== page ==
Also, Pfieffer's character is the point of one of the biggest plot holes – how did she survive 30 years in a hostile environment with zero resources? Food? Water? Bathroom? She aged and referenced being aware of the passage of 30 years time. She didn't even have a pack of cards so even if she didn't have to eat or drink, how did she manage not to go insane? This is completely glossed over without mention and I've found no precedent for answers even from comic book geeks on the net.

Another one that bugged (sorry about the pun) me was the physics which operated conveniently to the plot. On the one hand, being shrunk seems to afford some survivability not usually possible – like falls and impacts which would destroy a normal unshrunk human. This would imply a certain enhanced density. Granted, the suit they wear must help a lot but does not account for every instance – such as when their helmets are off. If the humans had been tiny but undense they could have been swatted like fairies or butterflies. Instead they carry an enormous amount of momentum and punch in fights. This implies the matter is all there but concentrated. On the other hand, Hank can pick up an entire shrunken building and people carry it around as though it was made of styrofoam. Even a scale model of that building would have been heavier than presented had it been made of the same unconcentrated steel girder and concrete materials, much less how many thousands of tons it should weight even in its shrunken but dense state. So which is it guys?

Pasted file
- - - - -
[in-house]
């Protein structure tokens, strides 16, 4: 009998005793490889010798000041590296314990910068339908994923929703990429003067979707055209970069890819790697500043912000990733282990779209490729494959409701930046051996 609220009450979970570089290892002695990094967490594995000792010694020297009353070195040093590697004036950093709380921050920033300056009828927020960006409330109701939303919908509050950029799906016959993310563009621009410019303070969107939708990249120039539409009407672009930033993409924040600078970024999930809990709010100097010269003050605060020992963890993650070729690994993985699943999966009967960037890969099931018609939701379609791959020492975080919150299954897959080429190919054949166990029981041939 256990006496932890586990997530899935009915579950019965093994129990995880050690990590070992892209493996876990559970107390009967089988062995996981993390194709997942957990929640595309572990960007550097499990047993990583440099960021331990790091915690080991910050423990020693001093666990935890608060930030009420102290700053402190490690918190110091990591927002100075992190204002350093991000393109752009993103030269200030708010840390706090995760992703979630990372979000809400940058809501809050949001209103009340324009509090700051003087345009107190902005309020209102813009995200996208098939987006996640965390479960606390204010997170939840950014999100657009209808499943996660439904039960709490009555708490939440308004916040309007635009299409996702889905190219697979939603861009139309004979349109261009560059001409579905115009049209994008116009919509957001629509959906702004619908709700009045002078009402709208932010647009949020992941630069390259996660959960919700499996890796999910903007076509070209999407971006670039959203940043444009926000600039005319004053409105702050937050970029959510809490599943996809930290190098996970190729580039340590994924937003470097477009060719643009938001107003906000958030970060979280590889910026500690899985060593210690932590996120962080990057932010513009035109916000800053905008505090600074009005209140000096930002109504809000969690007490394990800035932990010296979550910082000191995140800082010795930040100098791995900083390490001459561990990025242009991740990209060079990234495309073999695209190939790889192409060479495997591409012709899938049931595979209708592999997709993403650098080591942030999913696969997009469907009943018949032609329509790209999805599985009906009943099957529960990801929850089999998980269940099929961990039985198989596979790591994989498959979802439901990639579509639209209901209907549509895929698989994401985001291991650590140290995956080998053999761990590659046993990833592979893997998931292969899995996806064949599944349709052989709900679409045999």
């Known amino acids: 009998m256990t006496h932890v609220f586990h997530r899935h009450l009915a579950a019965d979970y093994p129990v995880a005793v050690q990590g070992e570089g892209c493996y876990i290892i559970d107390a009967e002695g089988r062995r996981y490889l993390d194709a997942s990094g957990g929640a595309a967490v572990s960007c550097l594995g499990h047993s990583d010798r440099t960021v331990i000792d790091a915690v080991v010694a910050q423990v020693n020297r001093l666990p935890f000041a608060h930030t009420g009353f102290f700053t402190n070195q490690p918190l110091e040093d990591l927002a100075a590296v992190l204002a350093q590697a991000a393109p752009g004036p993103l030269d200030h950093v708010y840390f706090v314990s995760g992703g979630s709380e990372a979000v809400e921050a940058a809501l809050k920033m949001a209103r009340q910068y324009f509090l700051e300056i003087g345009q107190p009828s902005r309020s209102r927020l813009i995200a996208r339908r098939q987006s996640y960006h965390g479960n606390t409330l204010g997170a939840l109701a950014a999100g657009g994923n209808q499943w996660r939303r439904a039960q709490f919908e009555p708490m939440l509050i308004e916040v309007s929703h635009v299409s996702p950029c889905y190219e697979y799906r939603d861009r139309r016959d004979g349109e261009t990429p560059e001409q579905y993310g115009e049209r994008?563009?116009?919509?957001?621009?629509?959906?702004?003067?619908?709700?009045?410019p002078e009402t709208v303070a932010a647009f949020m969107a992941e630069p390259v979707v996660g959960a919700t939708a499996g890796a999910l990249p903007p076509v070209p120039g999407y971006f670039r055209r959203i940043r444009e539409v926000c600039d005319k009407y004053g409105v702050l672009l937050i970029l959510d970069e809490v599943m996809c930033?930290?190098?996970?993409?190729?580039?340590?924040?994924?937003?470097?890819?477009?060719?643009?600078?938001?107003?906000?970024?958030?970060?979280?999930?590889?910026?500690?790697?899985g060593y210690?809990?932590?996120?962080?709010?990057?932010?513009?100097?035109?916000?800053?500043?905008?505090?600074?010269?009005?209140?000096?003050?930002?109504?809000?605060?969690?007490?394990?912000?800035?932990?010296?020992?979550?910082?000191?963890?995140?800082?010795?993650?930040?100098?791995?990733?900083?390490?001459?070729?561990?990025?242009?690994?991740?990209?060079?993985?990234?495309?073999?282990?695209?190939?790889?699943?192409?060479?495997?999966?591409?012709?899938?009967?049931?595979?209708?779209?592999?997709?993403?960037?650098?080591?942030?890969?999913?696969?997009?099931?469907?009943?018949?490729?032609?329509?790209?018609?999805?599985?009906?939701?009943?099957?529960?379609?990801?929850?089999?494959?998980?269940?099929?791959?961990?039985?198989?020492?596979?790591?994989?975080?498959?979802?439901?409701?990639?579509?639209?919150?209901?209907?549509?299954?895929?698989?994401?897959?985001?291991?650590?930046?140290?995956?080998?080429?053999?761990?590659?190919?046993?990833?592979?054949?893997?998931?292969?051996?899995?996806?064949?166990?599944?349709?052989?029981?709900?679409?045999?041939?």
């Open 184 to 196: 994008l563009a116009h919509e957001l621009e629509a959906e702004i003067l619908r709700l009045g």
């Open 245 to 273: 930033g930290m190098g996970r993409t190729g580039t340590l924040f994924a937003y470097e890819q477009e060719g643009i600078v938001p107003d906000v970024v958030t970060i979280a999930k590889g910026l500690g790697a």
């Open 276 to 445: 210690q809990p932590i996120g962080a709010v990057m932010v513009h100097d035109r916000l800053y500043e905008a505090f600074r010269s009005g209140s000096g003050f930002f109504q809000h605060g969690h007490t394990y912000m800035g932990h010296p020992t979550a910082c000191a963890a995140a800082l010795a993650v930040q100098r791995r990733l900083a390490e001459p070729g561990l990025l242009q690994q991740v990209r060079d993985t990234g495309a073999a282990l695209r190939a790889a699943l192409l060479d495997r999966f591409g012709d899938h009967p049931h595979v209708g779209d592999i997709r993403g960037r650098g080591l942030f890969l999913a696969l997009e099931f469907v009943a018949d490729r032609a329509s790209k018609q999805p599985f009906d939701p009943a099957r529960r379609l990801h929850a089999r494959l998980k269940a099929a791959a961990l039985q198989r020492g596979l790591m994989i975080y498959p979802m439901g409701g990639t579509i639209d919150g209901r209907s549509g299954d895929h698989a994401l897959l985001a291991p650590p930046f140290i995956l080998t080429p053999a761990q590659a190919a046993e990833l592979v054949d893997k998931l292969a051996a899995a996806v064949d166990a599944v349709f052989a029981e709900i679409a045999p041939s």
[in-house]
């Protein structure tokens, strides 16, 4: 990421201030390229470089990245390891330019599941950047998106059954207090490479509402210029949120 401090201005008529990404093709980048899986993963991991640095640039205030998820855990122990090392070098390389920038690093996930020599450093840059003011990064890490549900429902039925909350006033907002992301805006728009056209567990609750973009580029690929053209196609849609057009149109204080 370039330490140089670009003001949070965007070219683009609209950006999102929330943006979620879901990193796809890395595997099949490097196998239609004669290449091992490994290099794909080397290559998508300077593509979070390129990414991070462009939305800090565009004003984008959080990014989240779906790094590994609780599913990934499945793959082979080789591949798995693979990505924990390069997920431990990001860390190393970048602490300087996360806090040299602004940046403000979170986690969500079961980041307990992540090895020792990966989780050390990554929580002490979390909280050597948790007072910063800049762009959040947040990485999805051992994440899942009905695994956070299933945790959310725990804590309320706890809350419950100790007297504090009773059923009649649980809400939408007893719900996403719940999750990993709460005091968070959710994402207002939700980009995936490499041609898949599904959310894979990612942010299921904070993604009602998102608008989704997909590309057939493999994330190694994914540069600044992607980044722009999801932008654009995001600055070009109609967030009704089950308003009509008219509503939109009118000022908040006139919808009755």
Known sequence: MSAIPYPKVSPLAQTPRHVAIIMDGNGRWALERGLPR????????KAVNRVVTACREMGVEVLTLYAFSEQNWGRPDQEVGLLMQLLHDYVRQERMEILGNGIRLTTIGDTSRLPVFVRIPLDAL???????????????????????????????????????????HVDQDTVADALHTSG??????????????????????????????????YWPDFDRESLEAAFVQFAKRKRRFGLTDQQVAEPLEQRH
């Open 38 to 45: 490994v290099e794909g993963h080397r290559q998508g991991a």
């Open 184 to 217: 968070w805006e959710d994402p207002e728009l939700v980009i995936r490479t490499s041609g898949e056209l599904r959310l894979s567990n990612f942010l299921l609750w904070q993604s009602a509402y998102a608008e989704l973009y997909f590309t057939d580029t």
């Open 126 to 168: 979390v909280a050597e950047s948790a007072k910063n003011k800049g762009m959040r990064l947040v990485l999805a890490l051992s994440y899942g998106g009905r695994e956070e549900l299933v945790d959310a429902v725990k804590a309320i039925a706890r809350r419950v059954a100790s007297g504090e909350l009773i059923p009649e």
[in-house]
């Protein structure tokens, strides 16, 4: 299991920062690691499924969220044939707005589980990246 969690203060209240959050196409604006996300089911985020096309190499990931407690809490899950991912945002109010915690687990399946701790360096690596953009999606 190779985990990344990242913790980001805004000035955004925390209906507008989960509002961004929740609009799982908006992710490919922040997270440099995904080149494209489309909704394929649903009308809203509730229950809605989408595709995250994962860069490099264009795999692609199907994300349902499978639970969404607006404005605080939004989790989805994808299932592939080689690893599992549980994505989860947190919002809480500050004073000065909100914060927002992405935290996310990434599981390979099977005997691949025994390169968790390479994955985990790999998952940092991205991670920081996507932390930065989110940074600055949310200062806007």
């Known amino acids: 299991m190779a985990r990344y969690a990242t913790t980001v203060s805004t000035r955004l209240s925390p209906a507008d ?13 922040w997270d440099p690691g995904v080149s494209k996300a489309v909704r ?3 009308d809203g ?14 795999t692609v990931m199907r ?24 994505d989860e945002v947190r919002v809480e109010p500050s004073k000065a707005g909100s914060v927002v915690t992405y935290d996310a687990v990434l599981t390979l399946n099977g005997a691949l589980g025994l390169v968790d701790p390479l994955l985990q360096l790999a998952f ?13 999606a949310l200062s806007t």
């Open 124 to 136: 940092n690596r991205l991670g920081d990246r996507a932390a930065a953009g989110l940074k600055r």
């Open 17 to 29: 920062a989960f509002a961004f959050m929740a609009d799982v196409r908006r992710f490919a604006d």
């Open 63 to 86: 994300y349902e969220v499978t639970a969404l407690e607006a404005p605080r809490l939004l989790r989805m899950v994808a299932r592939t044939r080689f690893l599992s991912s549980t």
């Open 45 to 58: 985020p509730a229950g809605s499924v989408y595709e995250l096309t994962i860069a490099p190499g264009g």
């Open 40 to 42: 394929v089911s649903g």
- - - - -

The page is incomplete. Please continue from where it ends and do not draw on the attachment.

On the positive side, the jokes are funny, Scott doing his best as a father was refreshing, and I enjoyed the lighter tone of the movie, especially since the previous one I saw was Infinity Wars. However, on that note, and without giving any spoilers — hold onto your seat. Let's just say it is important to sit through all of the credits and that the FIVE screenwriters (talk about a story written by committee!): Chris McKenna, Erik Sommers, Paul Rudd (the Ant-Man, himself), Andrew Barrer and Gabriel Ferrari, as well as director, Peyton Reed, were definitely aware of the aforementioned movie.

In short, without a score card, it is difficult to tell whether the Pyms or Sonny is the "bad guy" team. The Pyms' goals are exclusively personally, relatively trivial in the grand scheme considering what they are willing to do to others, ignore the desperate needs of others, like Ava, casually put the safety and security of Lang's family and friends at risk by yanking Scott out of his house arrest a mere three days before he will be free, dismissively ignore Hank's possible culpability in Ava's condition, and put thousands of innocent bystanders in mortal danger.

It is not their best Marvel movie, nor does it try to be but it does hold its own and finds its place in the Marvel universe. I especially enjoyed the addition of Michelle Pfeiffer as new blood into the mix and the return of Scott's motley crue of comic convicts led by Michael Pena (Collaterol Beauty), who is always a pleasure, especially when he is telling one if his overly convoluted stories.

So, you older geeks (like me) – go see Ant-Man and the Wasp, if for no other reason than to put another puzzle piece into the overall picture that is the Marvel Universe, but I'd see it before deciding whether or not to bring impressionable kids.

INCREDIBLES 2 – AND NOW YOU KNOW THE REST OF THE STORY

SHORT TAKE:

The second act of a two part story which began as The Incredibles in 2004. No more, no less as delightful, fulfilling, family friendly, exciting and fun as the first half.

WHO SHOULD GO:

Absolutely everyone! ESPECIALLY if you are a fan of the first installment. (Though I can not say the same about the short in the beginning, Bao, which has nothing to do with the main movie and which you might want to give a miss. I explain why in a spoiler-filled overview of Bao at the end of this The Incredibles 2 review.) Incredibles 2 VERY child friendly, (Bao not so much).

LONG TAKE: 

"And now you know the rest of the story."